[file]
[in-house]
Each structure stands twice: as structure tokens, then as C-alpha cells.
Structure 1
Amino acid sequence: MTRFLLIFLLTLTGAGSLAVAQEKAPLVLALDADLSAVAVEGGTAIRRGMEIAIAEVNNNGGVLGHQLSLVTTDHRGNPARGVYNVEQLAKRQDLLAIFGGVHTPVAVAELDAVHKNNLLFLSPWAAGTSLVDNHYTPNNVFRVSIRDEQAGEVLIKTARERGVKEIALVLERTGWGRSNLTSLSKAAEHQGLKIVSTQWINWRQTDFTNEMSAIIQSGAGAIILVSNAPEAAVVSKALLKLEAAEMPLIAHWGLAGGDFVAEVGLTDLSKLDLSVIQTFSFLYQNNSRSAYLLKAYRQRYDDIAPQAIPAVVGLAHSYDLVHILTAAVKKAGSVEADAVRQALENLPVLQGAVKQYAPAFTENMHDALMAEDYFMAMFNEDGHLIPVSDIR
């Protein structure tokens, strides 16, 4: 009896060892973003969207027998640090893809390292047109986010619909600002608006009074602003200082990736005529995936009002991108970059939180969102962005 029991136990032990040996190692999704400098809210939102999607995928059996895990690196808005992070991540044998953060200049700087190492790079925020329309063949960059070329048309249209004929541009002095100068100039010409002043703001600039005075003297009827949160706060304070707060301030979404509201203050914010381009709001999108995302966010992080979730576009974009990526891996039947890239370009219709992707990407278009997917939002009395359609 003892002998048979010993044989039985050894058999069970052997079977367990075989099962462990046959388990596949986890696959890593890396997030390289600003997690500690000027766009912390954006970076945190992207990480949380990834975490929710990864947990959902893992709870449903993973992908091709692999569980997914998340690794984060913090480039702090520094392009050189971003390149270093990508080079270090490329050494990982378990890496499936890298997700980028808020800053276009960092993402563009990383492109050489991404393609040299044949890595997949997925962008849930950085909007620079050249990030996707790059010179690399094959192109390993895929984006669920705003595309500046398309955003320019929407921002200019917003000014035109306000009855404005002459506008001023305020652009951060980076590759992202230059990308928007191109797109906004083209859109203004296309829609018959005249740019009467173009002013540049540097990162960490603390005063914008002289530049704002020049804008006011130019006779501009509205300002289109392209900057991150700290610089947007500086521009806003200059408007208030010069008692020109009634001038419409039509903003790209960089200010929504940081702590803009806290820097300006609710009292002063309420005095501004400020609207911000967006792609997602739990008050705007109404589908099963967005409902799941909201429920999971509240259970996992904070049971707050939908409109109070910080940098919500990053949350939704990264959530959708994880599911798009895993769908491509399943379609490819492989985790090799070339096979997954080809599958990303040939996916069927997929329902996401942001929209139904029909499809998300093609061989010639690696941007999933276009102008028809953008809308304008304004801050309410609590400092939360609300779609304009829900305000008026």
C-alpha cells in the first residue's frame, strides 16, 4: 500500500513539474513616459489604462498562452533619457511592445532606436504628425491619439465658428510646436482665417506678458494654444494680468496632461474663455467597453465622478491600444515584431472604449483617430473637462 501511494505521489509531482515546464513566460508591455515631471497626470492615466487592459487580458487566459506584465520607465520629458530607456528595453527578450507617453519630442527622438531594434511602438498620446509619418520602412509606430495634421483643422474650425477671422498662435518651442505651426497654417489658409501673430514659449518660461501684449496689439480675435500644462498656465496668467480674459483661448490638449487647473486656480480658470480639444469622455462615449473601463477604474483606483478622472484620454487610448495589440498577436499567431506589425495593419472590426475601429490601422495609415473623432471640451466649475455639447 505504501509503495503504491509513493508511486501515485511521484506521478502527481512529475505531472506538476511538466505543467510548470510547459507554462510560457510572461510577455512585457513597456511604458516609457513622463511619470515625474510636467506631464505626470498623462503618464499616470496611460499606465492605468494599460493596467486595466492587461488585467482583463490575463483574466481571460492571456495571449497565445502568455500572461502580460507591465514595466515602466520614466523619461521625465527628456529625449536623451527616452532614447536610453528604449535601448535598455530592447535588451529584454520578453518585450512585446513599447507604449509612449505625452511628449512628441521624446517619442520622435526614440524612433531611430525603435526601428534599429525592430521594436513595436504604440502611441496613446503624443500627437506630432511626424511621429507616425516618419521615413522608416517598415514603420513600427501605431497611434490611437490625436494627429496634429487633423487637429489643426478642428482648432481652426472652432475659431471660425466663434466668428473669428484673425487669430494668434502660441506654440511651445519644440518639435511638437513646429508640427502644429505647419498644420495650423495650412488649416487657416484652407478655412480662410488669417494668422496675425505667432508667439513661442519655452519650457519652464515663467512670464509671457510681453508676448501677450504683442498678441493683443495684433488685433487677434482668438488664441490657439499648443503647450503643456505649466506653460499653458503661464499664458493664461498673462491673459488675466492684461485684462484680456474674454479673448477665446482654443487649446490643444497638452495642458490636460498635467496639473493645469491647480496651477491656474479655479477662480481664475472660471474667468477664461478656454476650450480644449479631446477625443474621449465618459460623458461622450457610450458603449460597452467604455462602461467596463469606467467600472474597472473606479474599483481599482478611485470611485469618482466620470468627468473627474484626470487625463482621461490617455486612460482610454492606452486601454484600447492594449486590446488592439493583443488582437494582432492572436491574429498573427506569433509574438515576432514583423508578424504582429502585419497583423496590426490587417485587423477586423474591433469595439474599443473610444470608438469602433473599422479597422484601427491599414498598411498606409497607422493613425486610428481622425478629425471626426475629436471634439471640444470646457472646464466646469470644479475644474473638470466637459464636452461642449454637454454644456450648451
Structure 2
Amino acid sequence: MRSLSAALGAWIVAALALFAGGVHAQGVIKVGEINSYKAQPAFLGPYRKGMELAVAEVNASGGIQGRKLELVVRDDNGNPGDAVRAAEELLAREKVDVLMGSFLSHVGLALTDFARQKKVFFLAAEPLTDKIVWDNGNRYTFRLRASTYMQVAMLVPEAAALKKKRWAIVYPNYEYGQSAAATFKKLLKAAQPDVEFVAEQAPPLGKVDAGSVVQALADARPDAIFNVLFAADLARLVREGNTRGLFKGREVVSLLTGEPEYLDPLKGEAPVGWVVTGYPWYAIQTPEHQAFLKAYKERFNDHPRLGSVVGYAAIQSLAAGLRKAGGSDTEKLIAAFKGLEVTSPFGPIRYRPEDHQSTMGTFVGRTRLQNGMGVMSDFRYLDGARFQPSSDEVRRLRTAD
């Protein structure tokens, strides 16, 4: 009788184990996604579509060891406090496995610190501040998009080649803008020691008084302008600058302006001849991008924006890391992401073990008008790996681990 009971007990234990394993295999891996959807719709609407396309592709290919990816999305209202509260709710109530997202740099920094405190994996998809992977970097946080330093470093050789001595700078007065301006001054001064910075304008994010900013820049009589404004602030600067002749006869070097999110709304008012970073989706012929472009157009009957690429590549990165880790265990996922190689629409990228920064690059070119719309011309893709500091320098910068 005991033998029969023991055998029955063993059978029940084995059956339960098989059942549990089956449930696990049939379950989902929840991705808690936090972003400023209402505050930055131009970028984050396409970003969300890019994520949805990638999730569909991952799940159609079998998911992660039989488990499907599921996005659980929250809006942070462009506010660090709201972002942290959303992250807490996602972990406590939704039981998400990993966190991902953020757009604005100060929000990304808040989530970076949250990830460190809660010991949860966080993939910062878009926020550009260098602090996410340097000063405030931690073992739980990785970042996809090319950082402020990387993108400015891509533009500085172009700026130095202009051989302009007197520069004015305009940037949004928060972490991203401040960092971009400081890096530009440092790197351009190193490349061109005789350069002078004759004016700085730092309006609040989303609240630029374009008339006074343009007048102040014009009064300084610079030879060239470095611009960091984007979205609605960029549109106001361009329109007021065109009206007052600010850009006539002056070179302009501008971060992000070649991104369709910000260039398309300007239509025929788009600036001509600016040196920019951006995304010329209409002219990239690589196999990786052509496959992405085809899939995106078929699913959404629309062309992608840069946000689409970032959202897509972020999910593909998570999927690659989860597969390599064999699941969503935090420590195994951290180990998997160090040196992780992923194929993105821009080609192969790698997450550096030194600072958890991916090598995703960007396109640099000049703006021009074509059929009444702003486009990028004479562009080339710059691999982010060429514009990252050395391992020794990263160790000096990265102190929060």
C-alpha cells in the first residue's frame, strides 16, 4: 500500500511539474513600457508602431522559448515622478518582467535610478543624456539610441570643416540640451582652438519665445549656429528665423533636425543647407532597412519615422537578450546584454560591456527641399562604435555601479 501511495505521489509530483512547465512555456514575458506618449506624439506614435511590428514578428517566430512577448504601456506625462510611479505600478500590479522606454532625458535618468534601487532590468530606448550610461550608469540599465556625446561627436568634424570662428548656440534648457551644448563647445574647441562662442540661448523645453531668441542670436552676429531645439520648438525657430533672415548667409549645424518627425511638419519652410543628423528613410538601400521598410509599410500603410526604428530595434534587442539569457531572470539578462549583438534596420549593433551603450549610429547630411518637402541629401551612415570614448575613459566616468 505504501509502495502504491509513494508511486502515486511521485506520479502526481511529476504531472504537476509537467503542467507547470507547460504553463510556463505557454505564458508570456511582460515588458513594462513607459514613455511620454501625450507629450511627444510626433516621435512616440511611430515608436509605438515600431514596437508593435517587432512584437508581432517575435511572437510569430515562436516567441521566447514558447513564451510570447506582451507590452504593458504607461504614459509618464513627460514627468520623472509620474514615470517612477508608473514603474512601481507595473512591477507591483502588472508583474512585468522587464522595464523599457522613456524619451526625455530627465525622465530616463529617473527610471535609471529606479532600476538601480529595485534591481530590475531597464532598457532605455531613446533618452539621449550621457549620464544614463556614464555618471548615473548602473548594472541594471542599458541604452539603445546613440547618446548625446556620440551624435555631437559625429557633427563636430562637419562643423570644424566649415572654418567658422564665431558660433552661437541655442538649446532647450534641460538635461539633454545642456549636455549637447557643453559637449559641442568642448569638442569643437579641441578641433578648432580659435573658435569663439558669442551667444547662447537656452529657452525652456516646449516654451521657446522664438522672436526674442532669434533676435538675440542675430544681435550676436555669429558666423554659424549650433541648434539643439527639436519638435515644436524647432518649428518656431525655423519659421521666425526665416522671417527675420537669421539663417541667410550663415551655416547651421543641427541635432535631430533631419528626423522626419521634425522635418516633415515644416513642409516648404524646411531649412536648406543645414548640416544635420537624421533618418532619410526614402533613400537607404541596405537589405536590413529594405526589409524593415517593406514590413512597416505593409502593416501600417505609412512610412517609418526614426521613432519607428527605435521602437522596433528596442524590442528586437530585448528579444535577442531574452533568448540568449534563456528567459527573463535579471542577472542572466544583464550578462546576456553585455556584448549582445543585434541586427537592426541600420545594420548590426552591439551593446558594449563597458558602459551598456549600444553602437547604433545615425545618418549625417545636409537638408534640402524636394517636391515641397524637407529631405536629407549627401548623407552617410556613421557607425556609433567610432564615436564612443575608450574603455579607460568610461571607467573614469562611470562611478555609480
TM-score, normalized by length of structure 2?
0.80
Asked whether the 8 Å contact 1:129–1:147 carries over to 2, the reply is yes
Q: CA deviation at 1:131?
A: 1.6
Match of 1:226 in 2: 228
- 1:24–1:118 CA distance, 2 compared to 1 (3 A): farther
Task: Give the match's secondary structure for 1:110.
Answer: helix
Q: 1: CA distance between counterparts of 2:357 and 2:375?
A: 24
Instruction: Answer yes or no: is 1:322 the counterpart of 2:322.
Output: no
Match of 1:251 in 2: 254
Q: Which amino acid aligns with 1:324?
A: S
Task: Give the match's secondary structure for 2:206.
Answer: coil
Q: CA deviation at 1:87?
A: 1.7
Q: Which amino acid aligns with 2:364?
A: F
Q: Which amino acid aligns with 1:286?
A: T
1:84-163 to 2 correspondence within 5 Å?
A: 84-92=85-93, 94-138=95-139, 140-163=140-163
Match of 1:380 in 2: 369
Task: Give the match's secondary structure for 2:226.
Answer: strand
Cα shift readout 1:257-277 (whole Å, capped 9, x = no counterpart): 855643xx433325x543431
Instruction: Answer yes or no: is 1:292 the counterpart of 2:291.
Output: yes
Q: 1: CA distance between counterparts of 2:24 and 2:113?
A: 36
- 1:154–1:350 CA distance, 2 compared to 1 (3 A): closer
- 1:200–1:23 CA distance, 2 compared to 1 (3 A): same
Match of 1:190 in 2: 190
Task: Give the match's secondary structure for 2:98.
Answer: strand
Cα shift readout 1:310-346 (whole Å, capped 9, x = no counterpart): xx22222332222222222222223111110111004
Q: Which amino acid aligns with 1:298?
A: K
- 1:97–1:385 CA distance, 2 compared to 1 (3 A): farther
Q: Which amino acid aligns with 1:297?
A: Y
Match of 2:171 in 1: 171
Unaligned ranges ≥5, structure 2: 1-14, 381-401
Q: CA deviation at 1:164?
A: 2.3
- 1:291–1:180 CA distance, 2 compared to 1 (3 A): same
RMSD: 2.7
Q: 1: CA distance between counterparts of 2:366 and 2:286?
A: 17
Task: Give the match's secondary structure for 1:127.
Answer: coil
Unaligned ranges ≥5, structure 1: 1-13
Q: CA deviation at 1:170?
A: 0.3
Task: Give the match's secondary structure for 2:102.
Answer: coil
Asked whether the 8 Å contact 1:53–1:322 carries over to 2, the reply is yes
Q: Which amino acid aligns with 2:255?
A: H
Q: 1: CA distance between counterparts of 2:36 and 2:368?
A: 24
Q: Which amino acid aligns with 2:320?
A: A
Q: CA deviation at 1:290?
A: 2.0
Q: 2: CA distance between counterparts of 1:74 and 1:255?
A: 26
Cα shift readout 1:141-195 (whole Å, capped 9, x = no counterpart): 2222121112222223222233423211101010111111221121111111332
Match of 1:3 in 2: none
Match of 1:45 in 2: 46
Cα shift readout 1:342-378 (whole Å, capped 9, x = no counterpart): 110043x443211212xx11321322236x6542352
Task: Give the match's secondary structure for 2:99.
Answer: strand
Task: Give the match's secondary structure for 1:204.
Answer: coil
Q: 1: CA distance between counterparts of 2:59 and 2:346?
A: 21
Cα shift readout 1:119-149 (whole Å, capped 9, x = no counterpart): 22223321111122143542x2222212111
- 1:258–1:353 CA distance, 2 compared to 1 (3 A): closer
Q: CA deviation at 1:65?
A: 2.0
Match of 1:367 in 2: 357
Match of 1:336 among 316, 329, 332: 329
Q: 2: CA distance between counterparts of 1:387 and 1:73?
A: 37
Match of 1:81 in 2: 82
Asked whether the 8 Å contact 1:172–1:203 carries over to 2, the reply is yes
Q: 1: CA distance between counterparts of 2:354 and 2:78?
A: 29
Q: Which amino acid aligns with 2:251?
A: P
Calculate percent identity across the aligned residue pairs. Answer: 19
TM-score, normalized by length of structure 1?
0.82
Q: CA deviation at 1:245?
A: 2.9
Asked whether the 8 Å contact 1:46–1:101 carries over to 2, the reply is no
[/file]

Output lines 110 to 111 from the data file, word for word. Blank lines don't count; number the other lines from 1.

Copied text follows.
A: 2.9
Asked whether the 8 Å contact 1:46–1:101 carries over to 2, the reply is no